• 22% (Index 117) say that ads help keep them up-to-date about products and services they need or would like to have.
  • 17% (Index 114) say they like to look at advertising.

The downside, however, is that more than one-third (37%) think "Much of advertising is way too annoying." (Inline with typical adults, nationwide.)

Take away

If you're considering advertising on the front of cards, copy test to be sure your ads get the thumbs up from cynical New Yorkers.  

Attitudes are more positive towards advertising in certain media

No ad stands alone. Integrated advertising across different channels reinforces marketing goals. So it's important to know which other media will best complement the objectives of your MetroCard campaigns.

What straphangers say about advertising in certain media
Advertising in newspapers provides me with useful information about bargains. 52%
Index 89
Advertising on TV provides me with useful information about new products and services. 51%
Index 89
Ads in magazines provide me with useful information about new products and services.  50%
Index 102
Ads in newspapers provide me with useful information about new products and services. 47%
Index 97
Ads in magazines provide me with meaningful information about the product use of other consumers. 46%
Index 119
Ads on the Internet provide me with useful information about new products and services. 44%
Index 116
For me, advertising on TV is amusing. 42%
Index 89
Ads on the Internet provide me with useful information about bargains.  42%
Index 118
Source: GfK MRI Survey of the American Consumer, Fall 2011
Base: New York DMA and use subway or bus as primary method of transportation. Agree with statements.

Take away

Use complementary media to reinforce MetroCard ads. For example, go with TV and magazines to announce something new. About one-half of NY straghangers say those media provide useful information about new products and services.

Small space, big opportunity for promotional offers and coupons

New York straphangers are more likely than typical adults to take advantage of product sample promotions and just as likely to switch brands if they have a coupon. More than seven in ten (72% - Index 112) would rather get a sample of a product than a coupon. Coupons are not a bad idea, however. Although 66% (Index 148) say they don't have time to bother clipping or saving coupons, an offer on a MetroCard simply requires showing the card. Plus, 51% (Index 105) say they'd gladly switch brands to use a coupon, giving marketers the chance to attract new customers.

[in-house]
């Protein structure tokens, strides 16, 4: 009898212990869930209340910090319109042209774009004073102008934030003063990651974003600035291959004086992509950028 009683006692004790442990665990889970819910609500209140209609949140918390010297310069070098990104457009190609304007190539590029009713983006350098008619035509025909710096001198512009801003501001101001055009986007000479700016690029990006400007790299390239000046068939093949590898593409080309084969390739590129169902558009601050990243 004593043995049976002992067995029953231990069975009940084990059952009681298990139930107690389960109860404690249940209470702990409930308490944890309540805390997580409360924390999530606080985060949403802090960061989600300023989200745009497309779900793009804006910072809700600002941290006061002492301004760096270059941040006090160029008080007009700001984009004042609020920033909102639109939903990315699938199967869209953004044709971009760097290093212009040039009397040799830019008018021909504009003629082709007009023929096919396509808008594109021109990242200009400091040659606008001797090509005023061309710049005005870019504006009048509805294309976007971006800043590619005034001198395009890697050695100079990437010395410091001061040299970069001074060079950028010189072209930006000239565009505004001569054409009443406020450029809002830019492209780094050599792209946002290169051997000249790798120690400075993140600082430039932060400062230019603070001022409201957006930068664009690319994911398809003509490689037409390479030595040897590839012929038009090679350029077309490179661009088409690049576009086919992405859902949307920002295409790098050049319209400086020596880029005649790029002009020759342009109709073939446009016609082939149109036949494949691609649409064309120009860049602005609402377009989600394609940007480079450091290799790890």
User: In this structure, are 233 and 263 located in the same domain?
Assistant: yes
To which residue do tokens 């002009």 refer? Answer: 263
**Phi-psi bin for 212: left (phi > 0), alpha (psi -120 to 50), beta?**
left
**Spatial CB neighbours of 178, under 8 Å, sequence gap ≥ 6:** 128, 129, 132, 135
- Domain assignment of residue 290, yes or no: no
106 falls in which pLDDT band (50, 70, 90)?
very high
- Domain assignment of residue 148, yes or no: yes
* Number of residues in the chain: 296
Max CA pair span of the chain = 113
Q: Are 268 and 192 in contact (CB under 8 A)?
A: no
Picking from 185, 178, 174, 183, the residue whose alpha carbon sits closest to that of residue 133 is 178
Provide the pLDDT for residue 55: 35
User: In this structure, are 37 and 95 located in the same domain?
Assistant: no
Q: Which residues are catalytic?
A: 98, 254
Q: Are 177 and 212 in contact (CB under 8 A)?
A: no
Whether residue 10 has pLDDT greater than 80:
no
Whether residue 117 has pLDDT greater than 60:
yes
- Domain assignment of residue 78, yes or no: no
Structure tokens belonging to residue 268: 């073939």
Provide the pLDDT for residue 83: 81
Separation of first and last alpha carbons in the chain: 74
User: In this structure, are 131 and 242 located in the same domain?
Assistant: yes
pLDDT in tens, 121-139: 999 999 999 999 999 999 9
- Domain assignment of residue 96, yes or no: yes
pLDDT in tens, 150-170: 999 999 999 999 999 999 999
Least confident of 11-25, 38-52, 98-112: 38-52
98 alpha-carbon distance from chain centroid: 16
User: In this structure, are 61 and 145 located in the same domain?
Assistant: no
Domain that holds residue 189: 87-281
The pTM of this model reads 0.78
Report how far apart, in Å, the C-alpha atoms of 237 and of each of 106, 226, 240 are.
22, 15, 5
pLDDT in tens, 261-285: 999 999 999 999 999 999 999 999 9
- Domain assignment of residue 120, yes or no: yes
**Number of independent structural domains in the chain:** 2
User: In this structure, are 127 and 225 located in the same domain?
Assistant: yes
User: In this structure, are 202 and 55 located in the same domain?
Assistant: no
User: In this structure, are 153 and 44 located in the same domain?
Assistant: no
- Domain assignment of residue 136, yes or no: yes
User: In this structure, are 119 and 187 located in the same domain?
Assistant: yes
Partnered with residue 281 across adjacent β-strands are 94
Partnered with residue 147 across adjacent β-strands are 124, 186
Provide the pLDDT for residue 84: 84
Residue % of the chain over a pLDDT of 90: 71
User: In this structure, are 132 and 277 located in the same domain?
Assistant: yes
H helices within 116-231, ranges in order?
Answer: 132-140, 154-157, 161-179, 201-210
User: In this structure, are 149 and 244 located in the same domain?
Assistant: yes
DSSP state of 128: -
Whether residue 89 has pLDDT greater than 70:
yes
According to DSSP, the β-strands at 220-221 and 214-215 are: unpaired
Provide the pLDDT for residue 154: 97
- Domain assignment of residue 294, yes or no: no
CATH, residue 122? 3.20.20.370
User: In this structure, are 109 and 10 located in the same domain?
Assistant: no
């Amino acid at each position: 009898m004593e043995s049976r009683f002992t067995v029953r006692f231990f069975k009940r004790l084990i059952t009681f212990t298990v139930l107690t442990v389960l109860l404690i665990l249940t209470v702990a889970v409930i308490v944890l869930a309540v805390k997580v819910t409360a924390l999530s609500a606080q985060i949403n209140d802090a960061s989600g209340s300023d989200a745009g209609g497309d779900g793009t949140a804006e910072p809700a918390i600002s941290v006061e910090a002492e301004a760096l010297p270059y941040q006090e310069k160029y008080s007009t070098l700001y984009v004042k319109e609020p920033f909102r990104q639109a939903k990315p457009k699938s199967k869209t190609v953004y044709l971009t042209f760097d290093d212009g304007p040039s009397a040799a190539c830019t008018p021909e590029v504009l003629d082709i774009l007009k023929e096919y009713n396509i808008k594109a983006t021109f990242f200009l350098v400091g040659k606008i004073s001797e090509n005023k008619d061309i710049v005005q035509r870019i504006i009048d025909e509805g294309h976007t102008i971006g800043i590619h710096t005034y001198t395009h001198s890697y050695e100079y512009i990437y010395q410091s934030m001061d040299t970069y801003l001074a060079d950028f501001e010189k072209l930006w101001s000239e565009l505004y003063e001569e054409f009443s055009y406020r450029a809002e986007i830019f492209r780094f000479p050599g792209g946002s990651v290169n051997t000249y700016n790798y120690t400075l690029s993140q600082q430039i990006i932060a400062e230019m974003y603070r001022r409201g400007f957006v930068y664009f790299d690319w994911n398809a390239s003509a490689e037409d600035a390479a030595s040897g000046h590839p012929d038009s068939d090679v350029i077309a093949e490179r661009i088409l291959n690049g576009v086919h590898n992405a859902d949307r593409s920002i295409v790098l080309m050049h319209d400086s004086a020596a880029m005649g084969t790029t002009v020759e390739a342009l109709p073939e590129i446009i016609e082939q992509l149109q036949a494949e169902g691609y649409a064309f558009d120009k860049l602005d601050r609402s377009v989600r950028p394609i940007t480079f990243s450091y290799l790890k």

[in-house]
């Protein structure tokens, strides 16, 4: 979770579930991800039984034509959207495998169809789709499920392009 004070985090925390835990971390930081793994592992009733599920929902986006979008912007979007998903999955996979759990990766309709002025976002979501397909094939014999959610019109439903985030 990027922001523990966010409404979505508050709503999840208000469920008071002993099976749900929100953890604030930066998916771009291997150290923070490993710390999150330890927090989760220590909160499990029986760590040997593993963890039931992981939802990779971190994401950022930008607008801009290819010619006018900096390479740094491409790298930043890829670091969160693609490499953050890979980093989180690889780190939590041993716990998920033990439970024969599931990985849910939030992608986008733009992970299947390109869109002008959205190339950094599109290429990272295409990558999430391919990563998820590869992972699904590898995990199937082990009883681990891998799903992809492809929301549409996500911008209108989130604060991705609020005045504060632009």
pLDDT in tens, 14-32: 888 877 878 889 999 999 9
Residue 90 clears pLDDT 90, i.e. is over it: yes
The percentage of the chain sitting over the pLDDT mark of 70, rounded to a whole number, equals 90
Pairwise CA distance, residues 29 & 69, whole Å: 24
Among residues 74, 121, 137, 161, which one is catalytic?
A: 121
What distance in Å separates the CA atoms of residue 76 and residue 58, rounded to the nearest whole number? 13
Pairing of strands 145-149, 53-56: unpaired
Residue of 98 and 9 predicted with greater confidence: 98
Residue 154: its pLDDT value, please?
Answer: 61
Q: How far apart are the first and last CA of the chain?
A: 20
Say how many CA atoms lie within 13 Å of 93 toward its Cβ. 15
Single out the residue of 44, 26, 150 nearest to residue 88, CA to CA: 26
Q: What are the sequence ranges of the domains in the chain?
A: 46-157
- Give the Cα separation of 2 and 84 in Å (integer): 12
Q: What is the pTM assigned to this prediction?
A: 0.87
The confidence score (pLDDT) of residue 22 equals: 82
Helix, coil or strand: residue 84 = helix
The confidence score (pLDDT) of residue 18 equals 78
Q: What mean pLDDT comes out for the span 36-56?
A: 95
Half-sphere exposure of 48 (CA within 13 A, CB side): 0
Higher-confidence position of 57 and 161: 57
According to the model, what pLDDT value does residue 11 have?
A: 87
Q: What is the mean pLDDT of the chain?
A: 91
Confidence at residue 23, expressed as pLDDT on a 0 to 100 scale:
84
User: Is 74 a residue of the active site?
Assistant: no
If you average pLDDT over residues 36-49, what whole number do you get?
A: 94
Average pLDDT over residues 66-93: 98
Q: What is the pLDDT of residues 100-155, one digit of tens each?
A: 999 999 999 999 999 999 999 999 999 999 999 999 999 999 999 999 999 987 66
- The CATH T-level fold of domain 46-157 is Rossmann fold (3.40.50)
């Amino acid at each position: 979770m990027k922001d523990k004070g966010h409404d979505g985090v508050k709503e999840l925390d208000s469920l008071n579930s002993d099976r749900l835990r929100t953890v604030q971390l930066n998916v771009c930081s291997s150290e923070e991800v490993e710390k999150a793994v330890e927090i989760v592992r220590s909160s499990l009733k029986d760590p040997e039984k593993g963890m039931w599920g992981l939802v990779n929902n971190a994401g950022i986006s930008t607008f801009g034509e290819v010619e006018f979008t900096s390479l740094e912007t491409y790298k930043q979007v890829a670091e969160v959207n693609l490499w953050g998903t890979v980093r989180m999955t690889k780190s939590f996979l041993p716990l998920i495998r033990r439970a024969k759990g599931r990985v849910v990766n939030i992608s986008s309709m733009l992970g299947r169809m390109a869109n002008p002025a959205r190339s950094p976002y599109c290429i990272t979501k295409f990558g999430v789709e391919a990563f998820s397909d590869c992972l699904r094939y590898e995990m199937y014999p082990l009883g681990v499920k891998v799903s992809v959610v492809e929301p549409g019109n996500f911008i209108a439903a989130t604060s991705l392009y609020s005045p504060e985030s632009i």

Take away

The size and shelf life of MetroCards ups their utility for coupons and promotional offers. Think about using them to promote samples first, then consider coupons.

Remember that coupon pricing affects consumers' perception of their value: everyone likes a good deal, but no one likes to feel they are being swindled. Especially New Yorkers who've just learned that the C Train is running late, again.

 
 
Julie says, "Coder beware: automotive, travel and TV sets have their own rules."
 
 
julie
Julie Erbe
Manager / Web Training & Advertiser Services
   
 

MEMRI's "And" function lets you combine multiple attributes, such as age and gender. Most of the time, this function gives you the results you're looking for, but when coding multiple attributes manually for three categories — Automotive, Travel and TV Sets — extra steps are required.

Let’s take the automotive category as an example. In the self-administered product questionnaire, respondents are asked about their most recent purchase/lease as well as previous purchases/leases.  For example:

If you're looking at an automotive single trait, such as  “have a  convertible," no special coding is required — you can use the code for net any convertible to get all convertibles owned. Or if you use MEMRI®, you can simply use the special code function that you'll see as a tab in the electronic codebook. 

But when manually coding multiple traits (e.g. the respondent "bought” a ”convertible”), you would need to specify that this purchase was for the most recent, 2nd most recent, 3rd most recent, etc. purchase: ("bought most recent" & "convertible most recent") OR (bought "2nd most recent" & "convertible 2nd most recent") OR (“bought 3rd most recent” & “convertible 3rd most recent”) OR (“bought 4th most recent” & “convertible 4th most recent”) to get all buyers of convertibles. 

The right way to use numeric codes for that would be:


(199801&200011)!(201801&202011)!(203801&204011)!(205801&206011)

This code gives us anyone who bought a convertible as any of their last four vehicle acquisitions.

We often see clients code incorrectly for these categories when using the "net any" selection. For example, if you coded the net any code for "net any bought" & "net any convertible," you'd be reporting people who have a convertible and bought a car, but the purchased car might not be the convertible. 

Learn more about GfK MRI data—best practices, common mistakes, advanced uses, and more by attending GfK MRI's online webinars led by me—Julie Erbe. Please send me a note if you would like to attend the webinars but have not received evites.